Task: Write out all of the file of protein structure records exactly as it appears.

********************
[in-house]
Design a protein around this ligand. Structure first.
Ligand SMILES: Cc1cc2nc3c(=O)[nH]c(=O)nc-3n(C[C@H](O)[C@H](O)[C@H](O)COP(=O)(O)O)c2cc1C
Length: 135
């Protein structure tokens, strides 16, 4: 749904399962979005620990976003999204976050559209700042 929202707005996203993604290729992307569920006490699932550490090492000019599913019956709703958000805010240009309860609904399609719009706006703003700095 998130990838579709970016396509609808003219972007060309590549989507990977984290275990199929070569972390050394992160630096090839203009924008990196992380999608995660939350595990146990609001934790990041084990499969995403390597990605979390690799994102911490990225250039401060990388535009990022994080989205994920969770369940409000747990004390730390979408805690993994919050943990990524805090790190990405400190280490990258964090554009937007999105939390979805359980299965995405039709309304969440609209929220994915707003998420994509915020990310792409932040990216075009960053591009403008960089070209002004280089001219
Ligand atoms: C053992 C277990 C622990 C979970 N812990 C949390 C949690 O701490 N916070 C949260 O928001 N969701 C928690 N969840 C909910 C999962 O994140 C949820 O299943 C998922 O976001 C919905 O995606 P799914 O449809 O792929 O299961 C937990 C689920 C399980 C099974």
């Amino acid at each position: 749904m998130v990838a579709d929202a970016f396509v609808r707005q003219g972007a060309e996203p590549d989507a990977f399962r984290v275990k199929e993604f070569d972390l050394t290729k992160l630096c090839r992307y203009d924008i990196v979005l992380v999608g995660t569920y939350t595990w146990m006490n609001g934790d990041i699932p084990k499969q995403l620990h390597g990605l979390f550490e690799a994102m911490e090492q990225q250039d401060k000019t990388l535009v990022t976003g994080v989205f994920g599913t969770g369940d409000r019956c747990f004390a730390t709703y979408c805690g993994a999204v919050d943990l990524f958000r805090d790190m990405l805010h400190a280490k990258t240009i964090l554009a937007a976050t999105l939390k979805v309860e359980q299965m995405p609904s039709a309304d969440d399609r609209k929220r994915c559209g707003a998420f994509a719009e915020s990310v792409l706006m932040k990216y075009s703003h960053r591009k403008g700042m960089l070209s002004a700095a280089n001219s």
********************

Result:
[in-house]
Design a protein around this ligand. Structure first.
Ligand SMILES: Cc1cc2nc3c(=O)[nH]c(=O)nc-3n(C[C@H](O)[C@H](O)[C@H](O)COP(=O)(O)O)c2cc1C
Length: 135
């Protein structure tokens, strides 16, 4: 749904399962979005620990976003999204976050559209700042 929202707005996203993604290729992307569920006490699932550490090492000019599913019956709703958000805010240009309860609904399609719009706006703003700095 998130990838579709970016396509609808003219972007060309590549989507990977984290275990199929070569972390050394992160630096090839203009924008990196992380999608995660939350595990146990609001934790990041084990499969995403390597990605979390690799994102911490990225250039401060990388535009990022994080989205994920969770369940409000747990004390730390979408805690993994919050943990990524805090790190990405400190280490990258964090554009937007999105939390979805359980299965995405039709309304969440609209929220994915707003998420994509915020990310792409932040990216075009960053591009403008960089070209002004280089001219
Ligand atoms: C053992 C277990 C622990 C979970 N812990 C949390 C949690 O701490 N916070 C949260 O928001 N969701 C928690 N969840 C909910 C999962 O994140 C949820 O299943 C998922 O976001 C919905 O995606 P799914 O449809 O792929 O299961 C937990 C689920 C399980 C099974």
């Amino acid at each position: 749904m998130v990838a579709d929202a970016f396509v609808r707005q003219g972007a060309e996203p590549d989507a990977f399962r984290v275990k199929e993604f070569d972390l050394t290729k992160l630096c090839r992307y203009d924008i990196v979005l992380v999608g995660t569920y939350t595990w146990m006490n609001g934790d990041i699932p084990k499969q995403l620990h390597g990605l979390f550490e690799a994102m911490e090492q990225q250039d401060k000019t990388l535009v990022t976003g994080v989205f994920g599913t969770g369940d409000r019956c747990f004390a730390t709703y979408c805690g993994a999204v919050d943990l990524f958000r805090d790190m990405l805010h400190a280490k990258t240009i964090l554009a937007a976050t999105l939390k979805v309860e359980q299965m995405p609904s039709a309304d969440d399609r609209k929220r994915c559209g707003a998420f994509a719009e915020s990310v792409l706006m932040k990216y075009s703003h960053r591009k403008g700042m960089l070209s002004a700095a280089n001219s």